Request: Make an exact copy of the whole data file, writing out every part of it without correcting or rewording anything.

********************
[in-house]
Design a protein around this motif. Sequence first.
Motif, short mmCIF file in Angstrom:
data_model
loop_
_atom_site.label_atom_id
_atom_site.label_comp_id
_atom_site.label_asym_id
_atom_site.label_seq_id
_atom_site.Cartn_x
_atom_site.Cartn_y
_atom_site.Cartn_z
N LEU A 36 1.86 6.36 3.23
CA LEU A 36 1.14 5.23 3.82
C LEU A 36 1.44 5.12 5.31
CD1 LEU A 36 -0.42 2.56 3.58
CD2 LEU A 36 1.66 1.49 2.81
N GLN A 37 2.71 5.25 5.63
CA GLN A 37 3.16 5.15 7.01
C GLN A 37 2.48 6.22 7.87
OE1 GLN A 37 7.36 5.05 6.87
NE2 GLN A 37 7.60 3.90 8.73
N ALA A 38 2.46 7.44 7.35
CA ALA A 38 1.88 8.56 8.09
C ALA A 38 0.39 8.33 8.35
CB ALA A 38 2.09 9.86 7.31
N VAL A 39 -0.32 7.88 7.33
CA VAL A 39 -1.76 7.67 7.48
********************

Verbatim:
[in-house]
Design a protein around this motif. Sequence first.
Motif, short mmCIF file in Angstrom:
data_model
loop_
_atom_site.label_atom_id
_atom_site.label_comp_id
_atom_site.label_asym_id
_atom_site.label_seq_id
_atom_site.Cartn_x
_atom_site.Cartn_y
_atom_site.Cartn_z
N LEU A 36 1.86 6.36 3.23
CA LEU A 36 1.14 5.23 3.82
C LEU A 36 1.44 5.12 5.31
CD1 LEU A 36 -0.42 2.56 3.58
CD2 LEU A 36 1.66 1.49 2.81
N GLN A 37 2.71 5.25 5.63
CA GLN A 37 3.16 5.15 7.01
C GLN A 37 2.48 6.22 7.87
OE1 GLN A 37 7.36 5.05 6.87
NE2 GLN A 37 7.60 3.90 8.73
N ALA A 38 2.46 7.44 7.35
CA ALA A 38 1.88 8.56 8.09
C ALA A 38 0.39 8.33 8.35
CB ALA A 38 2.09 9.86 7.31
N VAL A 39 -0.32 7.88 7.33
CA VAL A 39 -1.76 7.67 7.48